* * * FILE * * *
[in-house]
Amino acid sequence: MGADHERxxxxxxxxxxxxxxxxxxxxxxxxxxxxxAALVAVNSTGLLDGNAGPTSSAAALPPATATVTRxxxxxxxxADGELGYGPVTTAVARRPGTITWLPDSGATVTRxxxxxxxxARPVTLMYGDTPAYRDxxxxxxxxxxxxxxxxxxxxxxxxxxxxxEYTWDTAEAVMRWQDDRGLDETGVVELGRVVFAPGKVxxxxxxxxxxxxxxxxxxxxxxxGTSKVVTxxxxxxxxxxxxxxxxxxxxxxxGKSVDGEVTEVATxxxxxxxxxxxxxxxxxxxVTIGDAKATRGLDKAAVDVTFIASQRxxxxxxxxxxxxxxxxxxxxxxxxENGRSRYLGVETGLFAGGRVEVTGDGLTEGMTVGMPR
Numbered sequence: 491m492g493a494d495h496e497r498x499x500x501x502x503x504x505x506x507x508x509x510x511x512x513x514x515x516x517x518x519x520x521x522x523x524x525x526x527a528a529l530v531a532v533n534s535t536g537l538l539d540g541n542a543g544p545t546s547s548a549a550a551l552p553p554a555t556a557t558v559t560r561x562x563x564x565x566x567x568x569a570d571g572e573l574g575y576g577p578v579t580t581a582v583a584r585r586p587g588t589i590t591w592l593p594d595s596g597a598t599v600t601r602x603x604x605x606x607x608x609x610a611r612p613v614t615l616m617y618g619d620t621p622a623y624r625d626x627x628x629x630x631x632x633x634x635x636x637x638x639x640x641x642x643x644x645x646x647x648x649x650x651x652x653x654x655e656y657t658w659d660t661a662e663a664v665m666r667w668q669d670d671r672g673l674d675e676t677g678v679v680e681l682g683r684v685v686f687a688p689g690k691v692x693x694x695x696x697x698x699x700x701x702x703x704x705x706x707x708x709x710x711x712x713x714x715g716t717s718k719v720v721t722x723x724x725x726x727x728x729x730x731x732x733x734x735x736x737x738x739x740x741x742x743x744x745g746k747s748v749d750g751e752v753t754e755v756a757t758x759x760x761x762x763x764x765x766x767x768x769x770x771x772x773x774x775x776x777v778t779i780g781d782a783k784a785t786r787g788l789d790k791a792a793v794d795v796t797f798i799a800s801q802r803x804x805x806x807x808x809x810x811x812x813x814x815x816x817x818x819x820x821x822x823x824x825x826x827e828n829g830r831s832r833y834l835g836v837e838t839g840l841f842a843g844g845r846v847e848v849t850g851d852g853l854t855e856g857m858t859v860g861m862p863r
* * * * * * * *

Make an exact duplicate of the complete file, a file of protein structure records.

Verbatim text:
[in-house]
Amino acid sequence: MGADHERxxxxxxxxxxxxxxxxxxxxxxxxxxxxxAALVAVNSTGLLDGNAGPTSSAAALPPATATVTRxxxxxxxxADGELGYGPVTTAVARRPGTITWLPDSGATVTRxxxxxxxxARPVTLMYGDTPAYRDxxxxxxxxxxxxxxxxxxxxxxxxxxxxxEYTWDTAEAVMRWQDDRGLDETGVVELGRVVFAPGKVxxxxxxxxxxxxxxxxxxxxxxxGTSKVVTxxxxxxxxxxxxxxxxxxxxxxxGKSVDGEVTEVATxxxxxxxxxxxxxxxxxxxVTIGDAKATRGLDKAAVDVTFIASQRxxxxxxxxxxxxxxxxxxxxxxxxENGRSRYLGVETGLFAGGRVEVTGDGLTEGMTVGMPR
Numbered sequence: 491m492g493a494d495h496e497r498x499x500x501x502x503x504x505x506x507x508x509x510x511x512x513x514x515x516x517x518x519x520x521x522x523x524x525x526x527a528a529l530v531a532v533n534s535t536g537l538l539d540g541n542a543g544p545t546s547s548a549a550a551l552p553p554a555t556a557t558v559t560r561x562x563x564x565x566x567x568x569a570d571g572e573l574g575y576g577p578v579t580t581a582v583a584r585r586p587g588t589i590t591w592l593p594d595s596g597a598t599v600t601r602x603x604x605x606x607x608x609x610a611r612p613v614t615l616m617y618g619d620t621p622a623y624r625d626x627x628x629x630x631x632x633x634x635x636x637x638x639x640x641x642x643x644x645x646x647x648x649x650x651x652x653x654x655e656y657t658w659d660t661a662e663a664v665m666r667w668q669d670d671r672g673l674d675e676t677g678v679v680e681l682g683r684v685v686f687a688p689g690k691v692x693x694x695x696x697x698x699x700x701x702x703x704x705x706x707x708x709x710x711x712x713x714x715g716t717s718k719v720v721t722x723x724x725x726x727x728x729x730x731x732x733x734x735x736x737x738x739x740x741x742x743x744x745g746k747s748v749d750g751e752v753t754e755v756a757t758x759x760x761x762x763x764x765x766x767x768x769x770x771x772x773x774x775x776x777v778t779i780g781d782a783k784a785t786r787g788l789d790k791a792a793v794d795v796t797f798i799a800s801q802r803x804x805x806x807x808x809x810x811x812x813x814x815x816x817x818x819x820x821x822x823x824x825x826x827e828n829g830r831s832r833y834l835g836v837e838t839g840l841f842a843g844g845r846v847e848v849t850g851d852g853l854t855e856g857m858t859v860g861m862p863r